Som, Sonya Olds; Momblanco, Eileen (2006). The Immigration Reform Debate, Social Education. This article looks at recent government actions that have contributed to the immigration debate, and then considers a number of the key issues: (1) Should the United States grant some sort of legal process, or "amnesty," to undocumented workers already in the U.S. who wish to seek permanent residency and, perhaps, citizenship?; (2) What is the current system for documenting workers and how effectively does it work?; (3) Should the government more vigorously enforce immigration laws?; and (4) Should individuals who claim to have been economically harmed by the hiring of undocumented workers be able to hold employers of those workers liable for monetary damages?   [More]  Descriptors: Immigration, Undocumented Immigrants, Federal Government, Federal Legislation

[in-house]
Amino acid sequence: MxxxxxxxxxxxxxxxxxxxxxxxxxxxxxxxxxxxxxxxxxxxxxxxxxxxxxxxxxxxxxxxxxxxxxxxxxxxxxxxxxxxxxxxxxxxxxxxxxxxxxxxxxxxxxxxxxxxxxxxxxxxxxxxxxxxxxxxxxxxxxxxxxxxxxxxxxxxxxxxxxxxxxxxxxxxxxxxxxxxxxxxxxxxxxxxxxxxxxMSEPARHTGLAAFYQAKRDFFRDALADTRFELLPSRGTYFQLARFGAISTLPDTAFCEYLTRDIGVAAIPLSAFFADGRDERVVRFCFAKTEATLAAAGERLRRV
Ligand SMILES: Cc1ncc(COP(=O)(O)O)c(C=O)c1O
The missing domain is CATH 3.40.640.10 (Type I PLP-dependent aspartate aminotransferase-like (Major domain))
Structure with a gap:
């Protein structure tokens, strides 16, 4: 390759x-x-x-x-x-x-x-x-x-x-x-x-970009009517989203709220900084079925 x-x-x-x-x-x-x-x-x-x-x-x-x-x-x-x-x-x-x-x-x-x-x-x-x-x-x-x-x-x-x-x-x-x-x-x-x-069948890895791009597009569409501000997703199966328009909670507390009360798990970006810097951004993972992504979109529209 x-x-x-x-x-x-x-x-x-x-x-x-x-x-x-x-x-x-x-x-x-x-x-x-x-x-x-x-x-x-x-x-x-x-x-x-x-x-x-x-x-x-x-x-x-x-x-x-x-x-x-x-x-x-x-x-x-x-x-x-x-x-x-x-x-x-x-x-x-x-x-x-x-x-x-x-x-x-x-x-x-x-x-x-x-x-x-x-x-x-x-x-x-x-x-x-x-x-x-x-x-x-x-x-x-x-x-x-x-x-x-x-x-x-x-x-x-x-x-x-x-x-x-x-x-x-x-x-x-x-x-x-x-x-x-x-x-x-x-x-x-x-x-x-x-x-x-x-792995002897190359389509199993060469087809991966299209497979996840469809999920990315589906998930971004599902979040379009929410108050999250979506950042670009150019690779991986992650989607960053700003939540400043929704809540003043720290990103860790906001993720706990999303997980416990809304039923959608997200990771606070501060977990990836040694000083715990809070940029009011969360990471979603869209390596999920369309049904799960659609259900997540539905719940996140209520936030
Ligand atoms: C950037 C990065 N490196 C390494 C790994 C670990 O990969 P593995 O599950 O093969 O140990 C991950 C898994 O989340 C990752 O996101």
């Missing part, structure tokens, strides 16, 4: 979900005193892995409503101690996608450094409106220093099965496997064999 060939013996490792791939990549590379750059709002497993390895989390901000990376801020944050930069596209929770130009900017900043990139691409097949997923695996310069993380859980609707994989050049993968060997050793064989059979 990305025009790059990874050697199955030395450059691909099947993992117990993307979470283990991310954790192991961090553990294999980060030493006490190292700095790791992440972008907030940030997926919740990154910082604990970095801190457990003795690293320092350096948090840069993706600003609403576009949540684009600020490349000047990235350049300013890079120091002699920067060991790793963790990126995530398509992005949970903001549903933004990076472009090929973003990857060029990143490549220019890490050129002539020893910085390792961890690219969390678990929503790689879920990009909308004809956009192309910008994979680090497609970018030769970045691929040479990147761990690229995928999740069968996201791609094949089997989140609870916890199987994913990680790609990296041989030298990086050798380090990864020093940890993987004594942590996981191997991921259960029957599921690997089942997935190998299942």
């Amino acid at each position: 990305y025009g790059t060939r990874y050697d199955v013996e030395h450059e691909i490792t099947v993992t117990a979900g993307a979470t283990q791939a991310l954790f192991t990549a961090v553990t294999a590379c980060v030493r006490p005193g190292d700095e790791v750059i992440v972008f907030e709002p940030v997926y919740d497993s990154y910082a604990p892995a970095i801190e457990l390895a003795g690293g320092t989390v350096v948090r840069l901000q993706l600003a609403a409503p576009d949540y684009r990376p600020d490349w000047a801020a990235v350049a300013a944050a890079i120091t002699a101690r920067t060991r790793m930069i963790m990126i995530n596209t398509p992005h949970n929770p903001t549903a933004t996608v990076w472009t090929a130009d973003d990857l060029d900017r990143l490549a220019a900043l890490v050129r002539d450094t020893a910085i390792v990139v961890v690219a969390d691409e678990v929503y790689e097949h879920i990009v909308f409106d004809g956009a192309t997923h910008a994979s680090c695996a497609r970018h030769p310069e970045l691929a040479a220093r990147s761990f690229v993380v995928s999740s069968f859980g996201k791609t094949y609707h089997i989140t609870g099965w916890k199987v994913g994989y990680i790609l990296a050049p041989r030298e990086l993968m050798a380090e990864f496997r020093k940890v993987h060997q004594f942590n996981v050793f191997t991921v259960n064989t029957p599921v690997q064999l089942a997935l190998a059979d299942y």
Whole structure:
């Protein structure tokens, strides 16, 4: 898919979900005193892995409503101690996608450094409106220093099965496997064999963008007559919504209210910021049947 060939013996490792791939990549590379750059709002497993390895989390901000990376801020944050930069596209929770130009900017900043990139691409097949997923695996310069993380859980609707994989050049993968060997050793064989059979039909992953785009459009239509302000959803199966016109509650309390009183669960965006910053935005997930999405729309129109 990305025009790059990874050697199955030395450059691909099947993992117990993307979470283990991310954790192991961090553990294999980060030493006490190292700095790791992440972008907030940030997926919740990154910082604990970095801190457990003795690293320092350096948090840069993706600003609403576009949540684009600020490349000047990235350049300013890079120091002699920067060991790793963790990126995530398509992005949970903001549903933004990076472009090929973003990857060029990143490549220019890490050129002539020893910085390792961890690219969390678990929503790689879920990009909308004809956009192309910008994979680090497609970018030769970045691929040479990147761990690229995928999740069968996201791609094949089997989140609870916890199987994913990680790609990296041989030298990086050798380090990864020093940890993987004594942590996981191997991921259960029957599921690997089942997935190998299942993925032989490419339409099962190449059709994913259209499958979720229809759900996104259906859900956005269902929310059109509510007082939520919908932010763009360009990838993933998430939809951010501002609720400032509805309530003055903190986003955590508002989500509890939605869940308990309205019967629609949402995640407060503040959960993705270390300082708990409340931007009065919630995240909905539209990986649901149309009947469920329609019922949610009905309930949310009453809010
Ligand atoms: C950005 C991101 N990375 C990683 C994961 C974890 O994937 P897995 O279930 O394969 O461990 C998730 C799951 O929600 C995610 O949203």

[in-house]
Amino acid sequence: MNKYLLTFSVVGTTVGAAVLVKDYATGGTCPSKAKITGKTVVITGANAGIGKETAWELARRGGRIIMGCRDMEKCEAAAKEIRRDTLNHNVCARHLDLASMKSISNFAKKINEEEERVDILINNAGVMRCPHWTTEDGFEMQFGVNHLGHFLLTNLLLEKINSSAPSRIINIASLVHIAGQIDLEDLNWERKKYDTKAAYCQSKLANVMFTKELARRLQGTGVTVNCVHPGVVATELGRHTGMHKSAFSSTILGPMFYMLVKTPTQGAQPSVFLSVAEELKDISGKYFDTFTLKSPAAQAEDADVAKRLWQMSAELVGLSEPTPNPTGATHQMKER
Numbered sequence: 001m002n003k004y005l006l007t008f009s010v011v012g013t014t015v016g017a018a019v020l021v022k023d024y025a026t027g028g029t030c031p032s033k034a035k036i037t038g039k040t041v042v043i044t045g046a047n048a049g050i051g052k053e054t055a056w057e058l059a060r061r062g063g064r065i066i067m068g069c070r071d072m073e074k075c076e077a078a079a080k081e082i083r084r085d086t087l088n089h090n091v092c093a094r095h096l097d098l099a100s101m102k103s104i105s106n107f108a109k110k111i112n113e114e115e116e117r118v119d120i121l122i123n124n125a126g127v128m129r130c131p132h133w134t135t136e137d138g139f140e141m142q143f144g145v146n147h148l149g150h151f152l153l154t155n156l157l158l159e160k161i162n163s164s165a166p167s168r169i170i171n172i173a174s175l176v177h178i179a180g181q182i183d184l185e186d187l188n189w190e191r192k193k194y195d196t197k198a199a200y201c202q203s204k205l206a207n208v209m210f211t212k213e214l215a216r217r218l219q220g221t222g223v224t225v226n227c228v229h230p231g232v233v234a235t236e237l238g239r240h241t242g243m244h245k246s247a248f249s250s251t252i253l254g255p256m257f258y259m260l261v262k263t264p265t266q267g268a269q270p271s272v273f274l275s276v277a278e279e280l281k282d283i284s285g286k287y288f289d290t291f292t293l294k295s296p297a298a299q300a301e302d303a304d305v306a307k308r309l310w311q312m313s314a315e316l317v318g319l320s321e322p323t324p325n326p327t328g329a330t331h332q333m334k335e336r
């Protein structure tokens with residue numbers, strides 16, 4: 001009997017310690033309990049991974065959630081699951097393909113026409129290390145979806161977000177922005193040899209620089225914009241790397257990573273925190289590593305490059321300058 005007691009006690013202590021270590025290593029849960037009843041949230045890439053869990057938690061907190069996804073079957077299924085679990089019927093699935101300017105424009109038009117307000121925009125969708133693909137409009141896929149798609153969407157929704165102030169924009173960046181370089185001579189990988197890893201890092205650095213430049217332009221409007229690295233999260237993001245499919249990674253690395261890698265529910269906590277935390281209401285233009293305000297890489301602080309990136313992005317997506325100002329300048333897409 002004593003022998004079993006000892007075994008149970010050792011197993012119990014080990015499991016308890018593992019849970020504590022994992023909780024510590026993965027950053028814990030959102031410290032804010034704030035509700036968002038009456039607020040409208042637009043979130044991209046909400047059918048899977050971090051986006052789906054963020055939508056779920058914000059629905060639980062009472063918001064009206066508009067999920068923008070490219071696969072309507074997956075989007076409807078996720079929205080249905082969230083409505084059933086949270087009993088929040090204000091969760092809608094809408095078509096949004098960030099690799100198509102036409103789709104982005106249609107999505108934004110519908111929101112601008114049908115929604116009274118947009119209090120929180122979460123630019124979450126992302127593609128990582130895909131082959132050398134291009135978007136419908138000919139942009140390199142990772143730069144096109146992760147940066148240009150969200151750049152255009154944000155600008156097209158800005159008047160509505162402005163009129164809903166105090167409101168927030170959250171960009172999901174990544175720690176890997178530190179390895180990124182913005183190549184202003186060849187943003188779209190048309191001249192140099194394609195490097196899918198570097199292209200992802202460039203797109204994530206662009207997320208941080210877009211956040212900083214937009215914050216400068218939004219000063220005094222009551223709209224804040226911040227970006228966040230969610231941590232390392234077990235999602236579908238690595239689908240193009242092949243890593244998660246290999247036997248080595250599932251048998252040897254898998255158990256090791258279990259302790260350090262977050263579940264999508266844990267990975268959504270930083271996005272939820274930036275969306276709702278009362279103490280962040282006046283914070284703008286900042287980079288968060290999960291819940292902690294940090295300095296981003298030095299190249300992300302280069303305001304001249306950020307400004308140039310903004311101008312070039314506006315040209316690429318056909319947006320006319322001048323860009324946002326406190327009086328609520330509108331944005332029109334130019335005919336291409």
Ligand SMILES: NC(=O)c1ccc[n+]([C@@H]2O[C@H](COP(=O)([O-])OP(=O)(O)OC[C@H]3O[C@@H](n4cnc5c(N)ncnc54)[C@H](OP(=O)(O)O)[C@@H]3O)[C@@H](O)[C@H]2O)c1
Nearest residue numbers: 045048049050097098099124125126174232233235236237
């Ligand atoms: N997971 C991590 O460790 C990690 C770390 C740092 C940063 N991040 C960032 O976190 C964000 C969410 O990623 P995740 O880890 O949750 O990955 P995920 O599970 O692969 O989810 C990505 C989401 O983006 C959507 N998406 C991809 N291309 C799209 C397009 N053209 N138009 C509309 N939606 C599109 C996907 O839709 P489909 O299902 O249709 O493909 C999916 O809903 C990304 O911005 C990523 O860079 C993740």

Kaushal, Neeraj (2006). Amnesty Programs and the Labor Market Outcomes of Undocumented Workers, Journal of Human Resources. I investigate the effect of the 1997 Nicaraguan Adjustment and Central American Relief Act (NACARA) on employment and earnings of undocumented foreign-born men from Nicaragua, Cuba, Guatemala, and El Salvador who were eligible for amnesty under the Act. I find that NACARA had a modest effect on the employment of these men; raised their real wage by 3 percent and weekly earnings by 4 percent. Estimates show that NACARA raised the wage of the target group without a high school degree by a statistically insignificant 1 percent and of those with high school or higher education by a statistically significant 5 percent.   [More]  Descriptors: Foreign Countries, Federal Legislation, Labor Market, Foreign Workers